Enforcement of Arbitral Awards and Decrees passed in the United States of America under Indian law

Posted On - 27 October, 2021 • By - Renjith Nair

This article deals with our thoughts on some of the significant issues that may be faced if an arbitration award or decree passed by an arbitral tribunal or court within the territory of the United States of America (“U.S.”) is required to be enforced in India. Enforcing a U.S. arbitral award or decree can turn out to be cumbersome and expensive in India, if not enforced strategically. A pre-enforcement assessment with a comprehensive enforcement strategy would help parties enforce the U.S. award or decree in a time and cost efficient manner. Below we have set out how an arbitral award or decree obtained from the U.S. can be enforced in India.

Enforcement of Arbitral Award in India

India and the U.S. are both signatories to the United Nations Convention on the Recognition and Enforcement of Foreign Arbitral Awards, 1958 i.e. the New York Convention, 1958. Sections 44 to 52 of the Arbitration and Conciliation Act, 1996 (“Arbitration Act”) addresses foreign awards passed under the New York Convention. The Central Government of India has notified the U.S. as a ‘reciprocating territory’ for the purpose of enforcement of foreign awards under Part II of the Arbitration Act.

As far as procedure for enforcing an arbitral award from the U.S. in India is concerned, the party applying for the enforcement of the foreign award is required to make an application before the appropriate High Court in India under Section 47 of the Arbitration Act where assets of the judgment debtor is located. The application must be made along with (a) original award or a duly authenticated copy thereof; (b) original arbitration agreement or a duly certified copy thereof; and (c) any evidence required to establish that the award is a foreign award. Although, the Indian Stamp Act 1899 requires stamp duty to be paid on arbitral awards, the Supreme Court of India in M/s. Shri Ram EPC Limited v Rioglass Solar SA has held that foreign arbitral awards are not required to be stamped in order to be enforceable.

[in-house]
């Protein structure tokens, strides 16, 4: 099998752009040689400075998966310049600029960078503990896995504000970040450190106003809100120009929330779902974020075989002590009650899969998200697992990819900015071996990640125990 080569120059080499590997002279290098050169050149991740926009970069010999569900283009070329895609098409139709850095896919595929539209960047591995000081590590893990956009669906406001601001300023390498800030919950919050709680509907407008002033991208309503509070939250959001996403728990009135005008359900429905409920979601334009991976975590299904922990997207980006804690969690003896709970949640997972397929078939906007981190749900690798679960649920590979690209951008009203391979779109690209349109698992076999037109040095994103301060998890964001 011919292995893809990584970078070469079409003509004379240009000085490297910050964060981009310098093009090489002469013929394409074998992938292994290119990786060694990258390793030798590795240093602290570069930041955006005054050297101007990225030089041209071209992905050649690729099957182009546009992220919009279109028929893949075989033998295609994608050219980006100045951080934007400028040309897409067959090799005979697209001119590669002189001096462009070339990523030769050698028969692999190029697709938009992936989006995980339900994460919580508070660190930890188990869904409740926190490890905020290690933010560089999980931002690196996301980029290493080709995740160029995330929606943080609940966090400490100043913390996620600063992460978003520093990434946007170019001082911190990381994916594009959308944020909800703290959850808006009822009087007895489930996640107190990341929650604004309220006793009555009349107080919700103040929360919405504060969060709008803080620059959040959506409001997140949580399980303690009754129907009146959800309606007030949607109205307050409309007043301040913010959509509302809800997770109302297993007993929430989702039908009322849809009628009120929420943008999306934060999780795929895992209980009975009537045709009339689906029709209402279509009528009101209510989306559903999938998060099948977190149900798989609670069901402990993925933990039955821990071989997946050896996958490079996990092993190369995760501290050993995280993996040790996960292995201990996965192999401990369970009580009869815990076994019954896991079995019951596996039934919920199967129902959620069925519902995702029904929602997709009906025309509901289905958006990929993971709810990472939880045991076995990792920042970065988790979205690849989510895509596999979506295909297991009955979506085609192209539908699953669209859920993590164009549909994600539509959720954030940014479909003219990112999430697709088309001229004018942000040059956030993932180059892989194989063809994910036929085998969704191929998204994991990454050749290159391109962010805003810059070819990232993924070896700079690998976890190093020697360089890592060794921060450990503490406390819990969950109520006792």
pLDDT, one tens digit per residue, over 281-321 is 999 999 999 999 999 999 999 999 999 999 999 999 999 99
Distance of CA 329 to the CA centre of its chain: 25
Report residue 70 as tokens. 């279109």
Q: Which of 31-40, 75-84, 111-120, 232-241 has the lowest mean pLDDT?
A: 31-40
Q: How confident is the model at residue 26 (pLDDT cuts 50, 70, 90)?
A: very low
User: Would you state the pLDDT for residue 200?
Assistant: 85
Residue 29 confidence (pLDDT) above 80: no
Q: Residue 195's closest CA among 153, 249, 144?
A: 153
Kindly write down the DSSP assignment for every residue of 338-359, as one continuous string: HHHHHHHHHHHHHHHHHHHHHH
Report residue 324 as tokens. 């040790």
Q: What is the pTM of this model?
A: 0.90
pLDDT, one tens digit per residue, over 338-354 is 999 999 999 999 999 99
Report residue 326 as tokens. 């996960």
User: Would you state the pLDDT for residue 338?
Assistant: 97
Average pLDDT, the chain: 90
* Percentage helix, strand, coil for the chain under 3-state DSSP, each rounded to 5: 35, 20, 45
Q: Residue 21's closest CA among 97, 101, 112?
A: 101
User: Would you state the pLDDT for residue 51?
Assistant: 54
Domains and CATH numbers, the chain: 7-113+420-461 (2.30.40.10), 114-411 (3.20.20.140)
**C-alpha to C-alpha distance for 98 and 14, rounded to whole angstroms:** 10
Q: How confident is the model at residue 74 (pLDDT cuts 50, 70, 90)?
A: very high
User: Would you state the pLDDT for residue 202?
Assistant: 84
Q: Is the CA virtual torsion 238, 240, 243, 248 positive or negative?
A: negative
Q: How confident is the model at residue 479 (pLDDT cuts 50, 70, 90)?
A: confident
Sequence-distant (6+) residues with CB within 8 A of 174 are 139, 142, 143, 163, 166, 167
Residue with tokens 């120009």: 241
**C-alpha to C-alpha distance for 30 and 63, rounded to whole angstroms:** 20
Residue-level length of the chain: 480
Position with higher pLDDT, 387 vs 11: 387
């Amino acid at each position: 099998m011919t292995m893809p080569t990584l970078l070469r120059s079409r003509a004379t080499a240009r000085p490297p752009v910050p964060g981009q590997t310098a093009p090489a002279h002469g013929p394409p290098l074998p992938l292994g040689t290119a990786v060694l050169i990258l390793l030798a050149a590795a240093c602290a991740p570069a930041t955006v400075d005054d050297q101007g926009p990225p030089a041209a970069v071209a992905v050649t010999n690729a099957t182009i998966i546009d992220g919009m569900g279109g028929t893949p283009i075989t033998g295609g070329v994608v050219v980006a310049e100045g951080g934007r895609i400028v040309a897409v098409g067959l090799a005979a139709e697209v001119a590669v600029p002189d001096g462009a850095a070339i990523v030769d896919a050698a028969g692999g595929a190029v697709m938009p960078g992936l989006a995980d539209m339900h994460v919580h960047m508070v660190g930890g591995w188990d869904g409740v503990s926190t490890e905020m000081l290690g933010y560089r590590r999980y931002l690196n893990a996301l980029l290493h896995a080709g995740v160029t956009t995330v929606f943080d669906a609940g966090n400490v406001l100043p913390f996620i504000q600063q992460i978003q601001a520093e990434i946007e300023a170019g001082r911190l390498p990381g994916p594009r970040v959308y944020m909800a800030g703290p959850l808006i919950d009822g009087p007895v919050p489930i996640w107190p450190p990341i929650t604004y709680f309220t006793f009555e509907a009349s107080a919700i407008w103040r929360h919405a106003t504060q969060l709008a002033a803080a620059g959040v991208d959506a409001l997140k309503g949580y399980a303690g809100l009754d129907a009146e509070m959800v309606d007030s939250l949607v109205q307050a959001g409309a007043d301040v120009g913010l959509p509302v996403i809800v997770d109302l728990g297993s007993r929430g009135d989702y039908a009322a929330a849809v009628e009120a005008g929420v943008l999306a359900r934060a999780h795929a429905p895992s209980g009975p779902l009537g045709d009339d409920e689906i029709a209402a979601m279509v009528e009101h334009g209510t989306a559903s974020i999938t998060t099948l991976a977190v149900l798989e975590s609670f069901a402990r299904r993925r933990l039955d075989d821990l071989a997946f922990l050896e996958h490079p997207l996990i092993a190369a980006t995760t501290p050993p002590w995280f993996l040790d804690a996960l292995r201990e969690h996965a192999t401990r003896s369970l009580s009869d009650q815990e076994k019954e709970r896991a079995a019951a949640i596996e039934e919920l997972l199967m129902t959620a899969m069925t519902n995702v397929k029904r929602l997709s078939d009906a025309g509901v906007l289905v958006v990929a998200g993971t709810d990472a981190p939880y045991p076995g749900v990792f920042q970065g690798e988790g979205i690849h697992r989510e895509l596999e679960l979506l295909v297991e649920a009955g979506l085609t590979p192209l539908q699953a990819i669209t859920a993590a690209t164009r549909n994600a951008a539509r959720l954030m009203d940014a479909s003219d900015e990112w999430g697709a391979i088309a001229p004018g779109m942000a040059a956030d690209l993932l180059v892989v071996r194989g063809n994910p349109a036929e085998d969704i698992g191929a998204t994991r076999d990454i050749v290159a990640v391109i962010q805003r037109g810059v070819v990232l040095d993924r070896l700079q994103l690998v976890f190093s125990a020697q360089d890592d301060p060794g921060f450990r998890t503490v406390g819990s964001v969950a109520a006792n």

Once an application is made for enforcing the foreign award, an opportunity is granted to the counter party to file an objection against enforcement on the following grounds:

a.     the parties to the arbitration agreement are under some incapacity, or the arbitration agreement is not valid under the law to which the parties have subjected it or, failing any indication thereon, under the law of the country where the award was made;

 b.     the party against whom the award is invoked was not given proper notice of the appointment of the arbitrator or of the arbitral proceedings or was otherwise unable to present his case;

 c.     the award deals with a difference not contemplated by or not falling within the terms of the submission to arbitration, or it contains decisions on matters beyond the scope of the submission to arbitration:

 d.     the composition of the arbitral authority or the arbitral procedure was not in accordance with the agreement of the parties, or, failing such agreement, was not in accordance with the law of the country where the arbitration took place;

 e.     the award has not yet become binding on the parties, or has been set aside or suspended by a competent authority of the country in which, or under the law of which, that award was made.

The Indian Court may also refuse the enforcement of arbitral award if it is of the view that:

a.     the subject-matter of the difference is not capable of settlement by arbitration under the law of India;

 b.     the enforcement of the award would be contrary to the public policy of India.